DAVID Bogle became the 81st President of IChemE. Yesterday he delivered a keynote address focusing on the importance of ethics within the chemical engineering profession and education, highlighting how essential ethics are in making a difference and attracting talent.
Speaking from Savoy Place, London, UK, he was just 100m from the site where IChemE’s first meeting took place 100 years ago – at the Hotel Cecil – addressing an in-person audience of around 100 members, directors and guests, with many more watching the address live online. A recording of the speech is available below.
“It is a great honor to be elected President of IChemE, especially in this centennial year, and I look forward to it,” Bogle said, noting that he had read the centennial papers and attended to its events “with great interest”. He said he took his presidency at a time of celebration for IChemE, but also of concern, referring to the war in Ukraine, divided national populations, rising inequality and the climate emergency.
“The climate emergency and making the world sustainable is the great challenge of our time. We chemical engineers play a central role in this by designing industrial processes, urban systems and many daily operations to be more sustainable and ultimately net zero.
“Our know-how places us at the heart of the challenge by imagining the best use of energy and materials to satisfy – and limit – the demand of our fellow citizens. IChemE places this at the heart of its strategy, guided by the United Nations Sustainable Development Goals. »
During his speech, titled Chemical Engineering: An Ethical Professionhe said: “Our role in promoting more sustainable ways of operating is one of the ways in which we seek to be ethical.”
“To help address the climate emergency in particular, we must continue to attract good talent to our profession,” he said.
Speaking of students, he pointed out that the number of those studying chemical engineering in the UK and elsewhere remains high, as does the footprint of the subjects in which chemical engineers can deploy their skills in the face of chemical and physical change. He listed “environment, biology, medicine, design of new materials, as well as our core business of manufacturing and energy.”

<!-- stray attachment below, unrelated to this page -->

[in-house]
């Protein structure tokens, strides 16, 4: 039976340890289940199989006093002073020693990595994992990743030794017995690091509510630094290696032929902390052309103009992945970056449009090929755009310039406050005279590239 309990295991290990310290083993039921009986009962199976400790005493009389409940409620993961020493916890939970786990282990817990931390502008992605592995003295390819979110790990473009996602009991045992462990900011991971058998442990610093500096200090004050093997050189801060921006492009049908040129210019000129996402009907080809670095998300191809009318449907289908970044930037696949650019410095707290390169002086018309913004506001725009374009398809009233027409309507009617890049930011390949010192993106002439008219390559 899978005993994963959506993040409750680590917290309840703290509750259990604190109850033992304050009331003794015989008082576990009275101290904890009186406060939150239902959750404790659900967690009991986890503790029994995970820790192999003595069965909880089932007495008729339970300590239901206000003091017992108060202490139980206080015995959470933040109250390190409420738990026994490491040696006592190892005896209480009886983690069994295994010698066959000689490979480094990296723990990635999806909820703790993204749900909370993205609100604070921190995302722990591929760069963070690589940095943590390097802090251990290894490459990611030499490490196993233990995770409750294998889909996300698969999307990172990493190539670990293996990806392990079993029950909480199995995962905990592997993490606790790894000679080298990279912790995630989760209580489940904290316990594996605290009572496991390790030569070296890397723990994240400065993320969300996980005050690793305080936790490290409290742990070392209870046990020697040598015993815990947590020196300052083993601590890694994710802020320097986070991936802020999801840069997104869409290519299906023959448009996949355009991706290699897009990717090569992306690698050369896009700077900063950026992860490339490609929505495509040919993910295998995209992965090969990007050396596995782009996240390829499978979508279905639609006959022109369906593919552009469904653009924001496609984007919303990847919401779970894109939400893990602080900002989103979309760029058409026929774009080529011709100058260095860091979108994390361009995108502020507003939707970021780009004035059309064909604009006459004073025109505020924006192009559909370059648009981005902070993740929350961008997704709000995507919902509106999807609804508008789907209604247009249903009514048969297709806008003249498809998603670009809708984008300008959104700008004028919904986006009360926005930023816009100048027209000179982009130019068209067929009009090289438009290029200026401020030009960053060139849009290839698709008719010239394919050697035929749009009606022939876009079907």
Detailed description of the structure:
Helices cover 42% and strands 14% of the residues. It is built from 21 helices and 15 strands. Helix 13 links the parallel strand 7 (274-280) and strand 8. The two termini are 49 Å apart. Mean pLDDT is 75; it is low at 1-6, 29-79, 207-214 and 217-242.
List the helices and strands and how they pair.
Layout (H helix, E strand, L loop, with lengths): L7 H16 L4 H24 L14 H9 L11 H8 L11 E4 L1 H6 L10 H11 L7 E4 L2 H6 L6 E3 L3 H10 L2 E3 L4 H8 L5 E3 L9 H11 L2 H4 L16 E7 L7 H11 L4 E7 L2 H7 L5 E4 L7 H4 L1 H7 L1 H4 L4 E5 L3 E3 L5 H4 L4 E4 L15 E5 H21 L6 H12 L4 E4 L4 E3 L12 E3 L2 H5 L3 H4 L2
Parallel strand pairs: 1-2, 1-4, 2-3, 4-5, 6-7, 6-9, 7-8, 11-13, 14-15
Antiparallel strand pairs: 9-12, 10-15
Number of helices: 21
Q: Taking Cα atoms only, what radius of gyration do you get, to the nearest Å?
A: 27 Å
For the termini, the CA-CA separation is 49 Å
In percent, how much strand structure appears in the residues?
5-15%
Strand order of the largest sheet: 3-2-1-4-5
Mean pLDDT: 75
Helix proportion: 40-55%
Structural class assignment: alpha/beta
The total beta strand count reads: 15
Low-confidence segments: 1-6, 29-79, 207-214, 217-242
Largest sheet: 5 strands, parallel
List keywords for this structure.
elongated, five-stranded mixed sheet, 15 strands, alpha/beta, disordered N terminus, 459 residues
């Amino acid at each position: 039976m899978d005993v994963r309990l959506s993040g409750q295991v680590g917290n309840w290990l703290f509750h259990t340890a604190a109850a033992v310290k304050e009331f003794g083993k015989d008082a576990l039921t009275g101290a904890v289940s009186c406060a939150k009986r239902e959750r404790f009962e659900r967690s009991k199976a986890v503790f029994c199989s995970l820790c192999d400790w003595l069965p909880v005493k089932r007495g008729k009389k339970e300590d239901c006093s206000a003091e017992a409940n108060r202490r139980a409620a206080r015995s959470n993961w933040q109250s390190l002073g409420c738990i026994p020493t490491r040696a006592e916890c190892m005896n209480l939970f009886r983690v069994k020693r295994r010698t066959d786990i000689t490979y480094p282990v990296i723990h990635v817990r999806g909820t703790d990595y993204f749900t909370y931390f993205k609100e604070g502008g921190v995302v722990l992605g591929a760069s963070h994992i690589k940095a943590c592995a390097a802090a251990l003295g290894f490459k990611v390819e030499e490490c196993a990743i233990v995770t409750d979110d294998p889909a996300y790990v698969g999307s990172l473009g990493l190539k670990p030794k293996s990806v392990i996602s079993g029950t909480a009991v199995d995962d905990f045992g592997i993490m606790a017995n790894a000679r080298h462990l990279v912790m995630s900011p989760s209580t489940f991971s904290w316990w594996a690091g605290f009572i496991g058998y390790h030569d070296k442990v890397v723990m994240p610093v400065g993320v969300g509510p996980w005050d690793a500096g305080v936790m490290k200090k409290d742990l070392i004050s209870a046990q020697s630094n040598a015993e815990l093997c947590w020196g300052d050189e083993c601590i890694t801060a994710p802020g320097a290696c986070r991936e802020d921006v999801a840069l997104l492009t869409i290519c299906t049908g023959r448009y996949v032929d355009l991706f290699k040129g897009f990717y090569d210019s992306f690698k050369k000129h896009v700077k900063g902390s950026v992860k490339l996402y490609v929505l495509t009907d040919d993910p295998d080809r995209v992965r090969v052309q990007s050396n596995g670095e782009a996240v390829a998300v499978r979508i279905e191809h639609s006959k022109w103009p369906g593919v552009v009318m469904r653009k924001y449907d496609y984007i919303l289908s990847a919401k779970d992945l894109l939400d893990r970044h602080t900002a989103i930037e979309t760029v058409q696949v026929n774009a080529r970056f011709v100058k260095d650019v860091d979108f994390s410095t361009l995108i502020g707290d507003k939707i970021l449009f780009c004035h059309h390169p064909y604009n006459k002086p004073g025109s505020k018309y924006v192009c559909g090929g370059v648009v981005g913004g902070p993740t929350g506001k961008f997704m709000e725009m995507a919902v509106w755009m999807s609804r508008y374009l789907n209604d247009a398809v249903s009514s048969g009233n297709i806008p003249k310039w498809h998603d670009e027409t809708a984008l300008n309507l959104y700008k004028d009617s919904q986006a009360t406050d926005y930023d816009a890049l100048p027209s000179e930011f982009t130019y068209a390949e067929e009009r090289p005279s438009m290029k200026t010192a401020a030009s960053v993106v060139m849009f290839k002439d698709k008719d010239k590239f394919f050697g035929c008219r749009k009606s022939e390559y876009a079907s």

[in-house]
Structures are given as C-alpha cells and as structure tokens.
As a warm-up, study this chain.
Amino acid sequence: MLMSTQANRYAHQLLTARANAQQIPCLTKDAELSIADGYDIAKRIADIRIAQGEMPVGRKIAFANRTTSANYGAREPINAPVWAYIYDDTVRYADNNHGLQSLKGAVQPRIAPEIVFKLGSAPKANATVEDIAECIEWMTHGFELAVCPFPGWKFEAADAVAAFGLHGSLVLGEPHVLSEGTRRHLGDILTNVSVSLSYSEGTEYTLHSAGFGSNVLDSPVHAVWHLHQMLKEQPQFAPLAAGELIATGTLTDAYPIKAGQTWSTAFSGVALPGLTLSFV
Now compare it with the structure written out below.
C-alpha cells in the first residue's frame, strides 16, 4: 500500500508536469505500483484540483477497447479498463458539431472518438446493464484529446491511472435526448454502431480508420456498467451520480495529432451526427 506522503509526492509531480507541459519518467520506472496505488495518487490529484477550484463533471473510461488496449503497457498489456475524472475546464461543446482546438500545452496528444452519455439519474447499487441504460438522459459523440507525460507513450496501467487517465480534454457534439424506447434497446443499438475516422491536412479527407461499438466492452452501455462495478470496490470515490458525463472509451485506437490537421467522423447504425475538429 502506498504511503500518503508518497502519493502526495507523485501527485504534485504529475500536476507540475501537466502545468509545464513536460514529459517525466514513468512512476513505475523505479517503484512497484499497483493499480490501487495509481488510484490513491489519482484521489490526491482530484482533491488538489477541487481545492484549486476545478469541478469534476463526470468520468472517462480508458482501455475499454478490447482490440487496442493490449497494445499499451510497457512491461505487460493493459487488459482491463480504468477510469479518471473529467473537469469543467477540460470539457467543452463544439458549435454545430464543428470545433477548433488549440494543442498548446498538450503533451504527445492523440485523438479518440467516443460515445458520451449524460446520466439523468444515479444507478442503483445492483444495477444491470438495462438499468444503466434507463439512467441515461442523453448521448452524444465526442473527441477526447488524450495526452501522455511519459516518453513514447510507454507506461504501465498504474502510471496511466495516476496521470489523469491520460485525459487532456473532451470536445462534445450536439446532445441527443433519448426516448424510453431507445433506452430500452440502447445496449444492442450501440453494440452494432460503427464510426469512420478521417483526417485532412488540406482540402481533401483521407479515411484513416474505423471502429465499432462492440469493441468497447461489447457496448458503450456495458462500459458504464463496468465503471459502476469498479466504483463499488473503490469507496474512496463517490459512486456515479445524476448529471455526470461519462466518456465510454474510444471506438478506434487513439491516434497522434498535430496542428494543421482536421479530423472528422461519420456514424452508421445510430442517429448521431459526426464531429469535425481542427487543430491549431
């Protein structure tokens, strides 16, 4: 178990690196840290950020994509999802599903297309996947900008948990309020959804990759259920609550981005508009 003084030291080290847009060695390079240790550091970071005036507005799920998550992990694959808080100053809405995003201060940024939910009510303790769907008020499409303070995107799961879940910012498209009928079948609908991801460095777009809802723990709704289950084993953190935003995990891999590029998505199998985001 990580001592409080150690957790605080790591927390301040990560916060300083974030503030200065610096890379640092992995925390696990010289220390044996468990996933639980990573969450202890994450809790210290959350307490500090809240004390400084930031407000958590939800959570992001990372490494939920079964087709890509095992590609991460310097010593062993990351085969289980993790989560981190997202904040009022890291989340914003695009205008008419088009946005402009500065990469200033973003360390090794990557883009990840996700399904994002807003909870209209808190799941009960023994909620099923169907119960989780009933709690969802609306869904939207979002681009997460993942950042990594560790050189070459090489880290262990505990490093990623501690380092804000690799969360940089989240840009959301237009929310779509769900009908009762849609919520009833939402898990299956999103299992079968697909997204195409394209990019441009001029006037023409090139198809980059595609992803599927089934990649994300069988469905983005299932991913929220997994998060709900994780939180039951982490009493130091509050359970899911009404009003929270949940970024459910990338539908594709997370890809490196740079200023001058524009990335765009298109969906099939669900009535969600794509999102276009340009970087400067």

However, “it is seen as a difficult journey and, above all, not yet sufficiently clear as a path to a profession that makes a great contribution to the climate emergency”.
In an interview with The chemical engineerBogle explained that it’s important for young people to understand the contribution that chemical engineering can make, as they seek “a profession, a career, a life that makes a contribution.”
“They all recognize the climate emergency as a major issue facing them in a way that it didn’t confront us when I was that age. […] Many, many of them are very concerned about this. We therefore want to show that we are helping to meet this challenge, and we are doing so in an ethical way. Because they want to have those values of honesty and be seen to be making a difference in a good way.
Acknowledging the high number of students for the field, he added in his interview, “it is by attracting them to IChemE that I really want us to work”.
“It clearly tells them the value proposition and why they need to join, because many don’t, and we want to attract them. So it’s not just about attracting them to chemical engineering. […] but it is they who join IChemE as a statement of their professional values.